A Policy Statement supporting the NCC’s interreligious priority and reaffirming the 1999 Policy Statement “Interfaith Relations and the Churches”
In 1999, during the occasion of the fiftieth anniversary of its founding, the National Council of the Churches of Christ in the USA adopted a policy statement entitled “Interfaith Relations and the Churches.” Recognizing “a changing experience of religious diversity in our country,” the NCC’s member churches saw the growing importance of nurturing relationships with communities of other faiths as central to “the work of building Christian unity and [integral to] our efforts for peace and human development” (Par. 2). The policy statement, which guides our interfaith engagements in the US and around the globe, reminds us of the persistent imperative to “seek God’s grace in our common effort to understand ever more fully how to live as the body of Christ in this religiously plural and culturally diverse time and place” (Par. 1).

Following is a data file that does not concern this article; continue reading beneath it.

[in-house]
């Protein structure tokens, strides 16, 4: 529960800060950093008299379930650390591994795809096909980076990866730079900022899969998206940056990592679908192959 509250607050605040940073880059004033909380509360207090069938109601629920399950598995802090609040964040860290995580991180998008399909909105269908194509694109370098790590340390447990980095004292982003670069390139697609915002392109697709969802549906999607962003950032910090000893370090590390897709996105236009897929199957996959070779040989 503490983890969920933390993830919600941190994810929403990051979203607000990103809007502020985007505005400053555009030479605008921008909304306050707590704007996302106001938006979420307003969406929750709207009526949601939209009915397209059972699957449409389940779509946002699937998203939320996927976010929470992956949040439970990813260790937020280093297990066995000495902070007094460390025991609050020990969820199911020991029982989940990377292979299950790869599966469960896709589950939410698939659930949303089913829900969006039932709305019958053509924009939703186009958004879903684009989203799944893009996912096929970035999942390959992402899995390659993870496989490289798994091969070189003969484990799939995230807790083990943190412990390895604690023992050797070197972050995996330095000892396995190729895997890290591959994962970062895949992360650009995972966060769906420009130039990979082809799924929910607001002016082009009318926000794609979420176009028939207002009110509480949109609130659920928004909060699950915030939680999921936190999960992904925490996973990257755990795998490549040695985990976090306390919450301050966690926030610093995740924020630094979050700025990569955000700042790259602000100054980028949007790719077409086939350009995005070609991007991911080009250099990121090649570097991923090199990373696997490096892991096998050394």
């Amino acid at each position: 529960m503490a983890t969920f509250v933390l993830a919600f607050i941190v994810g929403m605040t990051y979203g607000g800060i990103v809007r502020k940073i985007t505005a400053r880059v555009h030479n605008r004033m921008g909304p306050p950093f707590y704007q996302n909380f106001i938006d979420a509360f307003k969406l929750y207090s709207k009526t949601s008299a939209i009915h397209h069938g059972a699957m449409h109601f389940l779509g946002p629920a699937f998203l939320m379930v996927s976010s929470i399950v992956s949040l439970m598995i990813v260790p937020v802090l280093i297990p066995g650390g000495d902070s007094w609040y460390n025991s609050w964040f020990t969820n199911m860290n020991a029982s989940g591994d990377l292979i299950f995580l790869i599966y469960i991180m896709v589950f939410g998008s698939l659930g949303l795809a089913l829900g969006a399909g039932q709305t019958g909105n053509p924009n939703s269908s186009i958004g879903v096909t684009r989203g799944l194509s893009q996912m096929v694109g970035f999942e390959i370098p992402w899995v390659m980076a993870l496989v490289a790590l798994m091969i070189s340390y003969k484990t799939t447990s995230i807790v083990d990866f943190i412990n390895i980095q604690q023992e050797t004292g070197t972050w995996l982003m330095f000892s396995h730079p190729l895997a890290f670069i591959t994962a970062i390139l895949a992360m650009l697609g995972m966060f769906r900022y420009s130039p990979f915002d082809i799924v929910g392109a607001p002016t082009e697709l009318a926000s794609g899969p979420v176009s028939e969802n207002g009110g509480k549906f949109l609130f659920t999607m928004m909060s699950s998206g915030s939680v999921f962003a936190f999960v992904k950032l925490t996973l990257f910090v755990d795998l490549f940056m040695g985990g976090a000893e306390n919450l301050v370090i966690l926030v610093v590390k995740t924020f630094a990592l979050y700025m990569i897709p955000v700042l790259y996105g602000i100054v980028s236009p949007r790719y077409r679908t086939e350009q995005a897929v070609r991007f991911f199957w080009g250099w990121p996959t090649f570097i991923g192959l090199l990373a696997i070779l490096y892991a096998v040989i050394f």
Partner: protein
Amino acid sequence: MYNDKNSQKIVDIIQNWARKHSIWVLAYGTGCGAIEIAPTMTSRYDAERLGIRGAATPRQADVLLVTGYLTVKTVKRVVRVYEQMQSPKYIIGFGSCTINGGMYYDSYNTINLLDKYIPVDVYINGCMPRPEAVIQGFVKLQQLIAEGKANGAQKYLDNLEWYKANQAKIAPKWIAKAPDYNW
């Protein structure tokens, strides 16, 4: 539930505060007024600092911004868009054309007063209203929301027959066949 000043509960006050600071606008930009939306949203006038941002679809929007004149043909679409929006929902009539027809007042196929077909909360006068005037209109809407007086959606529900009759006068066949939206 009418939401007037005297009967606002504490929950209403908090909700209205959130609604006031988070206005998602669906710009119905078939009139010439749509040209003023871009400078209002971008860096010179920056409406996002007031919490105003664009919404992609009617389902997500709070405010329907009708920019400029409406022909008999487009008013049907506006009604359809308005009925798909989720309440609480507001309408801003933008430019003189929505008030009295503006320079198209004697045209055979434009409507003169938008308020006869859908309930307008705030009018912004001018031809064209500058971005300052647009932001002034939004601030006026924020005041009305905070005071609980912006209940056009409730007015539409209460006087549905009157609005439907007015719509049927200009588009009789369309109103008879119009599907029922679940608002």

On the twentieth anniversary of the policy statement, the NCC affirms its continued relevance for our life together—ecumenically as churches, and as a witness to our neighbors of different faiths in our country and world. We also acknowledge that our national and global contexts for interfaith relations have changed significantly since its adoption. We have experienced significant demographic changes – within Christianity itself, and in the broader religious landscape. We have seen and strongly condemned violence and terrorism, and the resultant rise of religious bigotry and extremism. In the aftermath of the attacks of September 11, 2001, the churches have participated in the corresponding rise of the interfaith movement in response—work to which the NCC has been committed for decades. We are attentive to and becoming better equipped to consider varying expressions of religious identity, affiliation, spirituality, and practice in our work – including inter-religious family life and multiple religious belonging. In the midst of such changes, it is imperative that we give renewed focus to our collective interfaith engagement.